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Code for DC CryptoParty Agenda | December 18, 2018

Encrypt all your things in under an hour

Bring your phone, tablet, computer, or pen/paper to follow along!

Code for DC CryptoParty Ethos

Privacy is a fundamental human right. It is recognized in many countries to be as central to individual human dignity and social values as Freedom of Association and Freedom of Speech. Privacy is where we draw the line on how far a society can intrude into our personal lives. It is user-defined and varies between individuals. You are the steward of your identity. You are the only person who has the right to disclose your personal story.

Remember to join #cryptoparty on Code for DC's Slack. If you plan on eating pizza 🍕, remember to RSVP on meetup.

Today's Session

Today will be a workshop session. You can participate without an Internet device, but having one will allow you to implement these security practices while we're here to help. This agenda has been adapted from a guide published on freeCodeCamp.

We will walk through five easy things make our digital lives safer and more secure. Steps 1-4 do not require any special software tools other than the devices and services you already own. Time allowing, we will download Signal, so please investigate that tool and feel comfortable with installing the software to your mobile device.

I was using a VPN when I built this agenda, so sorry that the links are Canadian.

1 - Use two-factor authentication on your inbox

Why? Your inbox is a way for an attacker to compromise every single aspect of your life. Not only will they be able to read your emails, they can reset your passwords, access your social media, and even your bank accounts.

Two-factor refers to two means of authentication. Like turning two keys to launch a missile. A password is one. A single-use code sent to you via SMS or generated by an authenticator app like Google Authenticator or Authy is another. If you don't have one of these apps installed and set up already, that's okay. We can use SMS for now.

Follow these steps to enable 2-factor authentication on your email. Please ask any questions you have about getting it set up or about why we're doing this right now.

Gmail enable 2-factor authentication

2 - Encrypt your hard drive

Why? So an attacker won't be able to access the data stored on your machine. Both Windows and MacOS have full-disk encryption built-in. Just turn it on.

3 - Turn on password protection on your phone

Why? You can keep your password a secret, but you cannot keep your fingerprint a secret. A court can compel you to use your fingerprint. Attackers can use partial fingerprints or even force you to use your finger to unlock a device.

Also, you get 10 tries before the phone completely locks out. Here are some common passwords you should avoid:

9999, 1111, 3333, 0000, 5555, 1212, 6666, 7777, 1122, 1004, 1313, 2000, 8888, 4444, 4321, 2222, 2001, 6969, 1010

Pro tip: I like using my fingerprint because it's convenient. If you are ever arrested, crossing an international border, or both at the same time- power off your phone. When turned back on, the password will be required to unlock it.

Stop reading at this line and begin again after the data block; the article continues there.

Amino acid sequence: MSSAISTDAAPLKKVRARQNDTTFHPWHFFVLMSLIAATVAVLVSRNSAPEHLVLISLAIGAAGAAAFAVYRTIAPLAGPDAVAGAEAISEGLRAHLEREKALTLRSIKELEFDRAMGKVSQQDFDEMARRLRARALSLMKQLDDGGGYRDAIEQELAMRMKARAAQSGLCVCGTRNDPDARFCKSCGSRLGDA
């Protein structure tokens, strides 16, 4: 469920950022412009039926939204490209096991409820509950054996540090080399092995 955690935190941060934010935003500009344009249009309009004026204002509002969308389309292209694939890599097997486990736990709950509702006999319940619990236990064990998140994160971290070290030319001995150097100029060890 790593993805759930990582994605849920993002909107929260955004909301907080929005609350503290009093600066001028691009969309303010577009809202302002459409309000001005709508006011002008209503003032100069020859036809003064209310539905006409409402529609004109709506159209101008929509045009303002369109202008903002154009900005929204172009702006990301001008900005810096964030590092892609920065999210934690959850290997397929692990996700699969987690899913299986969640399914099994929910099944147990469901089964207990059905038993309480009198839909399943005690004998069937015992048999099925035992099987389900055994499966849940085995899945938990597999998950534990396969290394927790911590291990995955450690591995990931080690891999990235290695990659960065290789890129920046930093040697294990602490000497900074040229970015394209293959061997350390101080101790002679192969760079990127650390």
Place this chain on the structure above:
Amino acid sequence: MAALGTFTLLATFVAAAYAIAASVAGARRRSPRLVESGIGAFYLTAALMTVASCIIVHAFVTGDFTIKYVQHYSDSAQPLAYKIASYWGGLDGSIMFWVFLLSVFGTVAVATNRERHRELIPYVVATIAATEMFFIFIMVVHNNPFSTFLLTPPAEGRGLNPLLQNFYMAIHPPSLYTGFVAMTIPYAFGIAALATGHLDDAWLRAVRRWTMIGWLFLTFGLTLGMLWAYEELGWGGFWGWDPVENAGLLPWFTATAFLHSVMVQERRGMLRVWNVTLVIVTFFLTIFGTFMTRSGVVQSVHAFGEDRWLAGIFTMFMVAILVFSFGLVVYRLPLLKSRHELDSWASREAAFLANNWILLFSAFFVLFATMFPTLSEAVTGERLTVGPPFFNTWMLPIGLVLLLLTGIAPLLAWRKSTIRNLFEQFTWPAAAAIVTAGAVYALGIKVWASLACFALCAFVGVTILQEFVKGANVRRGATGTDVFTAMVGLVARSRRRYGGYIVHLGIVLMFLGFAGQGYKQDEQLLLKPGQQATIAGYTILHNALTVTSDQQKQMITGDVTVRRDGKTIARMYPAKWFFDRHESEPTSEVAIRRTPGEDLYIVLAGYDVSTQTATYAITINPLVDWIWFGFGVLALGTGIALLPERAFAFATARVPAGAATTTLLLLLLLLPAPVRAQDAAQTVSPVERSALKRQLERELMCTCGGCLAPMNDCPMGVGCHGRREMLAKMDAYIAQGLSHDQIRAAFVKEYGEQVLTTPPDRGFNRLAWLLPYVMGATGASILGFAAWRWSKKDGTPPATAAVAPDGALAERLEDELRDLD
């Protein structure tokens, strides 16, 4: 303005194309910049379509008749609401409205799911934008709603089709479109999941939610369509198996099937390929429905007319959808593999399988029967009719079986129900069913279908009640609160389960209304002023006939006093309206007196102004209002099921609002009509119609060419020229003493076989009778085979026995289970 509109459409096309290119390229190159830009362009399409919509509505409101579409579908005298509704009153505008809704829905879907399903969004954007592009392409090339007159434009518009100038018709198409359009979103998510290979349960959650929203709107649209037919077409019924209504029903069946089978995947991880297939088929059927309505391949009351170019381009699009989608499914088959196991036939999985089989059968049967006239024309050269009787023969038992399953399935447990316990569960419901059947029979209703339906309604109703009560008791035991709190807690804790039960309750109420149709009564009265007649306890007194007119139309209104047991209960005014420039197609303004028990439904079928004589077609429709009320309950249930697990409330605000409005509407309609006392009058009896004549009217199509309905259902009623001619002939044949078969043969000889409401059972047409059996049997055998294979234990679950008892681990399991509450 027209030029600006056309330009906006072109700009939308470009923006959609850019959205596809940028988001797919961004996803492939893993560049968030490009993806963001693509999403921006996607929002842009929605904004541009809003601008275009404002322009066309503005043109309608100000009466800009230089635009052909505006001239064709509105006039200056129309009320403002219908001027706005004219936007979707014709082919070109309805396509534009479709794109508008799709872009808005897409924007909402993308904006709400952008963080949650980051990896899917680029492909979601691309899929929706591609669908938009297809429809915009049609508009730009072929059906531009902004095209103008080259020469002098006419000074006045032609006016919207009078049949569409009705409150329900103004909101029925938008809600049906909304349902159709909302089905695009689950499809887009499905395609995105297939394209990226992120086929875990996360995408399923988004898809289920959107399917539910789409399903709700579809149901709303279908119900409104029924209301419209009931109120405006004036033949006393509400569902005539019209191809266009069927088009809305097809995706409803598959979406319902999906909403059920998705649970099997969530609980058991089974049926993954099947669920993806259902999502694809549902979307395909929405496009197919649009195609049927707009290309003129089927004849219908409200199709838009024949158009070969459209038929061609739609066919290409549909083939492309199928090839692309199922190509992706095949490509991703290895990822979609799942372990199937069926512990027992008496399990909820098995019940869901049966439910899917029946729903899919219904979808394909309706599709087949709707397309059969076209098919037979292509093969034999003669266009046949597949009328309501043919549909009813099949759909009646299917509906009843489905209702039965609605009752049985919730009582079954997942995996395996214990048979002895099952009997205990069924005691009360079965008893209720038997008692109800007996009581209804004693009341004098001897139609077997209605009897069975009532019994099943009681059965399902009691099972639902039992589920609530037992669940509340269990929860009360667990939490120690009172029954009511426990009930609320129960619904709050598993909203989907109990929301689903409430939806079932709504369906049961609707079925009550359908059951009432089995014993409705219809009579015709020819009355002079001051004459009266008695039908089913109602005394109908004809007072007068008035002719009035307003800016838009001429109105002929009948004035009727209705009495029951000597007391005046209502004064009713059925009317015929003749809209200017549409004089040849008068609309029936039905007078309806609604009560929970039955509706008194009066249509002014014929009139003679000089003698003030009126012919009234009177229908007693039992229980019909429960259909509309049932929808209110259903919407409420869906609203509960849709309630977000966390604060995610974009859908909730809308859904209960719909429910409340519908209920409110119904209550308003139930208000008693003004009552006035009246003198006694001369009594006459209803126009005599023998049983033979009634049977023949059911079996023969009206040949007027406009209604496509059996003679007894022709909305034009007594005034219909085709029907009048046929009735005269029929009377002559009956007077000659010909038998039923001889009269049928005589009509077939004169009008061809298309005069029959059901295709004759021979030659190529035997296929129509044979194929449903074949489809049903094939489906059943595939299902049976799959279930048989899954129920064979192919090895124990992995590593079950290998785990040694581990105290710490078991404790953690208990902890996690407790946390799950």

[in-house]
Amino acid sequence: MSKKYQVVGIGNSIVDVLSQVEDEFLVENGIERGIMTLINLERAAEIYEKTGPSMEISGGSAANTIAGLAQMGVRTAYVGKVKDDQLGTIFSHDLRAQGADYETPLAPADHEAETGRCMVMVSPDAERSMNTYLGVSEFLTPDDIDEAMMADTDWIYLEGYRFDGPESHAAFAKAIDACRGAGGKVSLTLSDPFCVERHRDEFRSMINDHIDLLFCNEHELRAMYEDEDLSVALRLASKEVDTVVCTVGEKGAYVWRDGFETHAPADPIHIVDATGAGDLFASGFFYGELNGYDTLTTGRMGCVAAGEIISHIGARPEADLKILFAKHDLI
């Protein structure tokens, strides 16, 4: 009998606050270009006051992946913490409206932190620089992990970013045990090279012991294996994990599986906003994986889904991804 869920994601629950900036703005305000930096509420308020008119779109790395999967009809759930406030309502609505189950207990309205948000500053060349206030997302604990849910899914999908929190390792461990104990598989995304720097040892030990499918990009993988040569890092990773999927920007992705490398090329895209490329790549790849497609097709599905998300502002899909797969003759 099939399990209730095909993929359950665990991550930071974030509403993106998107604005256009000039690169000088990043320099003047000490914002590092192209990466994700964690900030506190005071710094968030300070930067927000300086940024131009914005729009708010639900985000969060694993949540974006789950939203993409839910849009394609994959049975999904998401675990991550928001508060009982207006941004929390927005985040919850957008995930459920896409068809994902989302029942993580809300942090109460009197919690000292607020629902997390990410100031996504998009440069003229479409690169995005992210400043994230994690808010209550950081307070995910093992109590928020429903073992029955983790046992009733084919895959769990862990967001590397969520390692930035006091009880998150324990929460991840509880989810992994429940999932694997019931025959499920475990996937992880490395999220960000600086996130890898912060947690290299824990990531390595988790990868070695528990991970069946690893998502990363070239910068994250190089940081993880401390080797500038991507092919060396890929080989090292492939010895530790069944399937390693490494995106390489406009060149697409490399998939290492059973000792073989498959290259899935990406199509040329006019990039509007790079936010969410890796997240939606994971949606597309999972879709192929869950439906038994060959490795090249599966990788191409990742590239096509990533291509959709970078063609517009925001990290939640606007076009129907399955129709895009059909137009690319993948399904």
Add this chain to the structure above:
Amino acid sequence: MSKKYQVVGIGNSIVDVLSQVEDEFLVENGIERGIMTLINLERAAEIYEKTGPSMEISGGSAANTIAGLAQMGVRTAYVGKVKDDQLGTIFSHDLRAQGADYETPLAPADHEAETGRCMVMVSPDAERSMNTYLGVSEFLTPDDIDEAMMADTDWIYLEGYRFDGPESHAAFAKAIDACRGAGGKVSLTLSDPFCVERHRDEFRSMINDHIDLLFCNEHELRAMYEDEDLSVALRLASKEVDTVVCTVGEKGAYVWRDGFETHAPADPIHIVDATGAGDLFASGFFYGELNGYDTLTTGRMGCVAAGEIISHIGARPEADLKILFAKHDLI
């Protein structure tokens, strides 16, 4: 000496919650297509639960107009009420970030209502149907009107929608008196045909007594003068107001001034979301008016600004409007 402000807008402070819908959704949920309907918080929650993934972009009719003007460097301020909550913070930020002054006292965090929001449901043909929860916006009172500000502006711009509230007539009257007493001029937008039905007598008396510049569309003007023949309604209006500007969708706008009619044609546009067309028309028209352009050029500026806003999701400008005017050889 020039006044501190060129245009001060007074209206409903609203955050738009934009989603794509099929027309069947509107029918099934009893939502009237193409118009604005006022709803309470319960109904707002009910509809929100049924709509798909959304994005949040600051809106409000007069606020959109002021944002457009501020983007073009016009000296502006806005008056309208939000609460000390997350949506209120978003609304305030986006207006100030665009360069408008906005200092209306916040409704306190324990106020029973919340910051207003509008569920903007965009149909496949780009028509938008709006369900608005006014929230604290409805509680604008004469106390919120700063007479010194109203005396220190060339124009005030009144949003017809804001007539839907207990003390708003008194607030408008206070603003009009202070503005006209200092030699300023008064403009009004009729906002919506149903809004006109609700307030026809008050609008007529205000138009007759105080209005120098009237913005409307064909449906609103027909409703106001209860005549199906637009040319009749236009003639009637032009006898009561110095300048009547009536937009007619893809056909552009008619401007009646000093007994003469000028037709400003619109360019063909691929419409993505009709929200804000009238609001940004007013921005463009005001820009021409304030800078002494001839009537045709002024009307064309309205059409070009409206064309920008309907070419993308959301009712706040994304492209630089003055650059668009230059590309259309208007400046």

4 - use different passwords for different things

Why? Passwords are inherently insecure. They can be lost, stolen, or even accidentally leaked by a large hotel chain.

This is where a password manager comes in handy. In a previous session, we discussed different options.

Don't use the same password in more than one place. End. Of. Story.

I use a Chrome extension called Strong Password Generator and Google Passwords. Both free. LastPass and One Password are both secure, good options but are not entirely free.

You can also check and see if a password associated with your email address has ever been compromised with Have I Been Pwned.

5 - Secure your text messages with Signal

Why? SMS messages are easy to intercept, other platforms store your messages on remote servers (meaning they possess and retain your data for a time). Signal is a popular messaging service that uses a protocol of the same name. The Signal protocol is the current gold standard for end-to-end encryption and the app got a perfect score from the Electronic Frontier Foundation.

You can do all the things you would normally do via text message: group chats, send photos, videos, gifs, bitmojis. The only difference is that everything is encrypted and nothing is stored on a third-party server. Everything exists on your own device and the devices of your recipients- nowhere else.

The encryption is so strong that if your messages are intercepted, they are nearly impossible to decrypt.

  1. Download and install Signal.
  2. Invite your friends to install it, see which of your contacts are already on Signal.
  3. Send messages.
  4. Profit.

So am I good to go now?

Almost, one thing we didn't talk about tonight is how to protect your web traffic, searches, etc. We've covered the topics of Tor and VPNs in a previous session, but after the holidays we will talk about:

  • the myth of private browsing with incognito mode
  • private browsing with Tor
  • using a tool like Orfox or Brave
  • decoupling your search history from Google with Duck Duck Go.

Happy Holidays! 🎄⛄️🎅🏽

Want to lead a CryptoParty?

Is there a topic in digital security you're particularly interested in? Leading a CryptoParty is a great way to learn more about emerging cryptographic and security concepts. We are looking for folks with all kinds of backgrounds and interests to share their knowledge and interest. Talk to @csethna or @Ed O. on Slack if you're interested!

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